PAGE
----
Swollen lymph nodes and night sweats are symptoms that indicate various diseases. Causes of swollen lymph nodes and night sweats can be infections or more serious conditions like cancer.
Causes of swollen lymph nodes and night sweats
1. Lymphoma (lym8xpho8xm8xa)
Lymphoma is a type of cancer that starts in cells that are part of the body’s immune system, specifically in the lymphocytes. Lymphocyte is a type of white blood cell. There are several types of lymphoma, but Hodgkin’s lymphoma and non-Hodgkin’s lymphoma are the most common types.
In lymphoma, the cancer cells can cause the lymph nodes to swell as they accumulate there. Night sweats can also occur due to the body’s response to the cancer. The exact cause of night sweats in lymphoma is not entirely understood but is believed to be due to the body’s reaction to substances produced by the cancer, as well as the body’s immune response to the disease.
Diagnosis of lymphoma is usually performed by a physical examination (to check for swollen lymph nodes), blood tests, imaging tests like a CT scan or PET scan, and a lymph node biopsy. Lymph node biopsy is taking a sample of lymph node tissue for laboratory testing.
Treatment for lymphoma depends on the type and stage of the disease, but can include chemotherapy, radiation therapy, immunotherapy, targeted therapy, or stem cell transplant.
Tuberculosis is an infectious disease caused by the bacterium Mycobacterium tuberculosis. Tuberculosis usually affects the lungs but can also impact other parts of the body.
In tuberculosis, the bacteria can cause inflammation in the lymph nodes, leading to swelling. The infection can also trigger the immune system’s inflammatory response, resulting in fever and night sweats.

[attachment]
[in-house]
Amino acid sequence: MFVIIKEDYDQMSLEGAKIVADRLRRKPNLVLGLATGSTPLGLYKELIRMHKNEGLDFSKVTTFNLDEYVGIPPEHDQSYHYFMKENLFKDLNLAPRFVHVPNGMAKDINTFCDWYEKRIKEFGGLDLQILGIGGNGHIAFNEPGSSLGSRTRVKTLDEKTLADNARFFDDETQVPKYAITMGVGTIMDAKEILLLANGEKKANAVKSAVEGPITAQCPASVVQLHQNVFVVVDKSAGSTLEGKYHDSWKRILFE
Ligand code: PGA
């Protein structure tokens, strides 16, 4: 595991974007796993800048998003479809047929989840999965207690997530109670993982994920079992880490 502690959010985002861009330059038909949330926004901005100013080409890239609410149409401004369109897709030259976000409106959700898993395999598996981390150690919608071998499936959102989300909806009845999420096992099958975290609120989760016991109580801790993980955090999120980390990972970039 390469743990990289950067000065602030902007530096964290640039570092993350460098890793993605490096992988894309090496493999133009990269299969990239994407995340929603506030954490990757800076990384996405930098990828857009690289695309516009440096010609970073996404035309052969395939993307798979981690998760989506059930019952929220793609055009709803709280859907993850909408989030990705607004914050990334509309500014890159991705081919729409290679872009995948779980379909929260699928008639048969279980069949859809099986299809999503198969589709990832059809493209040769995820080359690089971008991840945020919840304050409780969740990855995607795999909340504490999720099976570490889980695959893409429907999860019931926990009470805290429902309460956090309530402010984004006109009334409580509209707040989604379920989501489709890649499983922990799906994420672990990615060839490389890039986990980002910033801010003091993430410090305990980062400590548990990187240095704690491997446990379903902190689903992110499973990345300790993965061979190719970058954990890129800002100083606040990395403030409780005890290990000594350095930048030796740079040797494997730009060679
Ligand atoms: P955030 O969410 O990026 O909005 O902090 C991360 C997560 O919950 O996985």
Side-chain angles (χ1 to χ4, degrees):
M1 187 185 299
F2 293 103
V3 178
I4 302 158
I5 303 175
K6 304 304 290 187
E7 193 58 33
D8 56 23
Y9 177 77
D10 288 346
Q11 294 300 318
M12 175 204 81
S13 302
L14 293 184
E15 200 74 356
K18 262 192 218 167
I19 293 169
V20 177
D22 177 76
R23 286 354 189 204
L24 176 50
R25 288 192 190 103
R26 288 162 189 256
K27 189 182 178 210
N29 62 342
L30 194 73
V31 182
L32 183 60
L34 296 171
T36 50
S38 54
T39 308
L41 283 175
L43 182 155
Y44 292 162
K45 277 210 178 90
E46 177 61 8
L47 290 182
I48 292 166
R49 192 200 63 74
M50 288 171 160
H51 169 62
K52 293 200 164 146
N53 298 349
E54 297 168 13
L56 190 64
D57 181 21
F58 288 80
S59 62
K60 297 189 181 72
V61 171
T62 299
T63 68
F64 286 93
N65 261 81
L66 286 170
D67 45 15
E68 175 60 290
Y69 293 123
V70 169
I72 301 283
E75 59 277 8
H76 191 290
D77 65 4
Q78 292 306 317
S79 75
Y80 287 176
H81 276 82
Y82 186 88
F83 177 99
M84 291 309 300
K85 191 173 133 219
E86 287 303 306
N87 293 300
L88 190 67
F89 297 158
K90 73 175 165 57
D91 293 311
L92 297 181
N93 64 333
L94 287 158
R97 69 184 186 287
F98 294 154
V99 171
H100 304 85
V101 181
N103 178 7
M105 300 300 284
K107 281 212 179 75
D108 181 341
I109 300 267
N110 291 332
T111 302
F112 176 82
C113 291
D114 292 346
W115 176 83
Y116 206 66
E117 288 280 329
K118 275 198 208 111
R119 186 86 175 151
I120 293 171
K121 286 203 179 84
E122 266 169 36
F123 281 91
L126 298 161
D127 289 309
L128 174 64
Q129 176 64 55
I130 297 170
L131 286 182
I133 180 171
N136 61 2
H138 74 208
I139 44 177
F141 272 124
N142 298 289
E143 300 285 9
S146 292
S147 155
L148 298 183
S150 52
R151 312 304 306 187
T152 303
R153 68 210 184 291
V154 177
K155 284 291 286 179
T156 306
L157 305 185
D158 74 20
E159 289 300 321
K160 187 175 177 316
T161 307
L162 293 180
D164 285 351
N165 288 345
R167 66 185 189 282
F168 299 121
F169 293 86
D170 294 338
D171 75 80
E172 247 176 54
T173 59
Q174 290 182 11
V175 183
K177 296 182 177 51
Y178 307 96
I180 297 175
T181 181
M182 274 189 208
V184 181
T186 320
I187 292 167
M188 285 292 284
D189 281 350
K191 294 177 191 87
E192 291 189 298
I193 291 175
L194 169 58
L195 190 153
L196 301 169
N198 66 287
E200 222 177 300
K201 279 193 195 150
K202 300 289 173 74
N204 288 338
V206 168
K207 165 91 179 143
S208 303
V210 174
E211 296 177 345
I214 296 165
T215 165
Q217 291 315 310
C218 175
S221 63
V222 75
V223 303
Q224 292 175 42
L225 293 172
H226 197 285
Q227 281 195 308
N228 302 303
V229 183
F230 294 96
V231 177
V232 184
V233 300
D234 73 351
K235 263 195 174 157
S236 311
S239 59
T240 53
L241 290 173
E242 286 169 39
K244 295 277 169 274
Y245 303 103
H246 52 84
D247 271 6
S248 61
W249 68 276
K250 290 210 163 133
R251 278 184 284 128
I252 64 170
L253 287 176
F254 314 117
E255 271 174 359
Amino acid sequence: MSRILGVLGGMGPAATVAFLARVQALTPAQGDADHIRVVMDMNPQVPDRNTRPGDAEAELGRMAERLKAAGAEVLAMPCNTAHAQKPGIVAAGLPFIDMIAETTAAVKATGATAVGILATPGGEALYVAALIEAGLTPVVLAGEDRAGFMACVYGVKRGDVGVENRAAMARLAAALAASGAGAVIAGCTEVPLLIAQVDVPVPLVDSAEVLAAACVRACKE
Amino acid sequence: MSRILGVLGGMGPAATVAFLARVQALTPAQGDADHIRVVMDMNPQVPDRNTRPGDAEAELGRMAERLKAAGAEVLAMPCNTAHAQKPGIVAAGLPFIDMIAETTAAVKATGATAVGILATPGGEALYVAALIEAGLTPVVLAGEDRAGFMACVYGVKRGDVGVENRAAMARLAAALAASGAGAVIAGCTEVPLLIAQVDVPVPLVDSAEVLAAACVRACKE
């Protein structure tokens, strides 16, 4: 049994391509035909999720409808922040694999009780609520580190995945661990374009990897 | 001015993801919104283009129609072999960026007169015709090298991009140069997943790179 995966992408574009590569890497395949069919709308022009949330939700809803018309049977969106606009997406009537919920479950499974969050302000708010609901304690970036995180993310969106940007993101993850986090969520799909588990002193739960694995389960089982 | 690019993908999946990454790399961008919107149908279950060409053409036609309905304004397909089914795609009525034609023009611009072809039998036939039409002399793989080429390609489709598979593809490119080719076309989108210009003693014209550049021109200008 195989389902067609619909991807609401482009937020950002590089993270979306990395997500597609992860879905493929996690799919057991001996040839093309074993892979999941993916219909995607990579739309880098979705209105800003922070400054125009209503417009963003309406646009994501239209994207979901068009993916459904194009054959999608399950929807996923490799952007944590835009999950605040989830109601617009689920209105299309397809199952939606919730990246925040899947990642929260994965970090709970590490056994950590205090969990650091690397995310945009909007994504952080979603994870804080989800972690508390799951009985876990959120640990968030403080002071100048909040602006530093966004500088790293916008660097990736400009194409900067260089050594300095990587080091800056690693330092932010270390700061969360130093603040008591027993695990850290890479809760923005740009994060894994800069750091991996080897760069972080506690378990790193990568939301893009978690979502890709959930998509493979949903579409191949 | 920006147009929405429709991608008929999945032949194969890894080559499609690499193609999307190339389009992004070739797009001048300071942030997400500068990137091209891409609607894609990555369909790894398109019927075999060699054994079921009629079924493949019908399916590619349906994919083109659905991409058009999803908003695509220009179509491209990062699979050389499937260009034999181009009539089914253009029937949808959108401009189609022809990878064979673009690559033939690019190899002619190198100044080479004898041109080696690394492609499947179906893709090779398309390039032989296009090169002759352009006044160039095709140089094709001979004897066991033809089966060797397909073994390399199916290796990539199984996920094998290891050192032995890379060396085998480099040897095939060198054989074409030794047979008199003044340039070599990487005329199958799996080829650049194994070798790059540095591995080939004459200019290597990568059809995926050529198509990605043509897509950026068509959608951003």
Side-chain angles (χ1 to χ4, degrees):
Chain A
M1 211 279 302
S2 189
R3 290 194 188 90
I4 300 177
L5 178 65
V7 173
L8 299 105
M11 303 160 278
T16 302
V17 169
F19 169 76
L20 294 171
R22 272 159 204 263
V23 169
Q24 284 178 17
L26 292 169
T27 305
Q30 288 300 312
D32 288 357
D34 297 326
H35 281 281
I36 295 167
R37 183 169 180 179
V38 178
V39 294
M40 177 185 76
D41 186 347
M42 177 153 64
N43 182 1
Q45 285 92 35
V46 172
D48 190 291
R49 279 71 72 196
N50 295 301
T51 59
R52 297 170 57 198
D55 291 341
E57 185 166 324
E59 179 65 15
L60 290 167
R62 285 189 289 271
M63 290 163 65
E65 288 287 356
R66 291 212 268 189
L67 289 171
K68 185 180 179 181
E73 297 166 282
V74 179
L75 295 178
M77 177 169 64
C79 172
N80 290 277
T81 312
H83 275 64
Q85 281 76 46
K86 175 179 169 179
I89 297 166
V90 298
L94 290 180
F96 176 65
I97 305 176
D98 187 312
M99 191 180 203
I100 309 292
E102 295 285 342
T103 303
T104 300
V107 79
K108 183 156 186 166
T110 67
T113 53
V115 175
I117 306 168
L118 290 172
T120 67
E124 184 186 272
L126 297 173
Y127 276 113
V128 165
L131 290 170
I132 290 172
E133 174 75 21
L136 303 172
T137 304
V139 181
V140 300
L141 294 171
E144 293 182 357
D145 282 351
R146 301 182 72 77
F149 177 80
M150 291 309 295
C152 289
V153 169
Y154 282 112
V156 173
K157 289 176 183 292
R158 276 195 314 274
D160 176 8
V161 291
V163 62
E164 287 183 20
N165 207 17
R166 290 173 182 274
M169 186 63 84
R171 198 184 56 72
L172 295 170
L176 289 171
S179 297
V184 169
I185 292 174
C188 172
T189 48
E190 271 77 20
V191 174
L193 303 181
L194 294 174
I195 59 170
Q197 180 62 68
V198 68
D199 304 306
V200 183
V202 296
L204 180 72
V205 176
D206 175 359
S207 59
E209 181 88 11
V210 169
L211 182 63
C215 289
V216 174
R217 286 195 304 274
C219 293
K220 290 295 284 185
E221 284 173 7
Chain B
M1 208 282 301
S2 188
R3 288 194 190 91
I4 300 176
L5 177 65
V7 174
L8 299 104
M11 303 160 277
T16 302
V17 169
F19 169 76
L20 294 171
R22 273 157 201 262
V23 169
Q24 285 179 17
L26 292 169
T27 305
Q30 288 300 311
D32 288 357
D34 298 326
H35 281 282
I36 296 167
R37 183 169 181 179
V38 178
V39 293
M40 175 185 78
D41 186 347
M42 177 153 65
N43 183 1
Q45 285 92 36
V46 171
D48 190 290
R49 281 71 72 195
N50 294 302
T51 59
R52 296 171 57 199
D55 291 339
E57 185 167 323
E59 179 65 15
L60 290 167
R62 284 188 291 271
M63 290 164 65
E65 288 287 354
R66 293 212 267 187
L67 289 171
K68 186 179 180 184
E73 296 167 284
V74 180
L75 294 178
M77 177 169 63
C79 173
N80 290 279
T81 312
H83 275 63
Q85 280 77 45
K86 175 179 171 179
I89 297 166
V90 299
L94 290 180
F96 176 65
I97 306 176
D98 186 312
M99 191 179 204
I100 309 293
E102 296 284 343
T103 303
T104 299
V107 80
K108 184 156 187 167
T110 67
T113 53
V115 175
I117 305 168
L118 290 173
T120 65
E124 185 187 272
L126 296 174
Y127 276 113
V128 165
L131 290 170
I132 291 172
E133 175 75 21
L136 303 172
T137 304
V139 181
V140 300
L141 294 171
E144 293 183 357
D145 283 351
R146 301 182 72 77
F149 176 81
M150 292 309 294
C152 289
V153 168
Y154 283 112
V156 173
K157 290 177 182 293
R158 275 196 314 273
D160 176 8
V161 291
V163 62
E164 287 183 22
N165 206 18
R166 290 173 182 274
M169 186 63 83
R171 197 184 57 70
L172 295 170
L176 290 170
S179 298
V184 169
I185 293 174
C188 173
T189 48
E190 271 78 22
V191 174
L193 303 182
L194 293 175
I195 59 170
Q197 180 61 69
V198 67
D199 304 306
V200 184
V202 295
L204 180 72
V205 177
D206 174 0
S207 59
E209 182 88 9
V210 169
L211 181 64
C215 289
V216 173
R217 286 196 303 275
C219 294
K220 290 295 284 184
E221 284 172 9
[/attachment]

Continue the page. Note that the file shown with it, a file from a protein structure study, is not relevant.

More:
Diagnosis of tuberculosis is performed by a skin test or blood test to detect the presence of tuberculosis bacteria, a chest X-ray to check for changes in the lungs, and a sputum test to identify tuberculosis bacteria.
Treatment for tuberculosis is usually a long course (6 to 9 months) of antibiotics to kill the bacteria.
3. Human Immunodeficiency Virus (HIV)
HIV is a virus that attacks the body’s immune system, specifically the CD4 cells (T cells). Over time, HIV can destroy so many of these cells that the body can’t fight off infections and disease, leading to Acquired Immunodeficiency Syndrome (AIDS) – the final stage of infection.
In the early stages of HIV, the virus can cause swelling of the lymph nodes as it replicates within these structures. The immune system’s attempt to fight the infection can cause inflammation throughout the body, leading to fever and night sweats.
Diagnosis of HIV is confirmed through blood test or saliva test that detect antibodies to the HIV. Another type of test checks for parts of the virus itself, such as its RNA or antigens.
Treatment for HIV is antiretroviral therapy – a combination of medicines that prevent the virus from replicating. This treatment helps to maintain the immune system and prevent progression to AIDS.
4. Infectious mononucleosis (inf8xecti8xo8xus mo8xnon8xucle8xos8xis)
Infectious mononucleosis is a viral infection usually caused by the Epstein-Barr virus. This virus is transmitted through saliva, hence its nickname “the kissing disease.”
In mononucleosis, the virus causes an increased production of white blood cells, leading to swelling of the lymph nodes. The body’s immune response to the infection can lead to fever and night sweats.
Diagnosis of mononucleosis is performed by a physical examination to check for swollen lymph nodes and a blood test to detect antibodies against the virus.
Treatment is usually rest, adequate hydration, and over-the-counter medications to relieve symptoms. In some cases, corticosteroids may be used to reduce swelling.
Swollen lymph nodes, a fever and night sweats may also be symptoms of the cold and flu. However, unlike the cold and flu, non-Hodgkin lymphoma symptoms typically do not go away. If you have symptoms that persist for more than 2 weeks, or symptoms are recurring and becoming more intense, you need to see a doctor.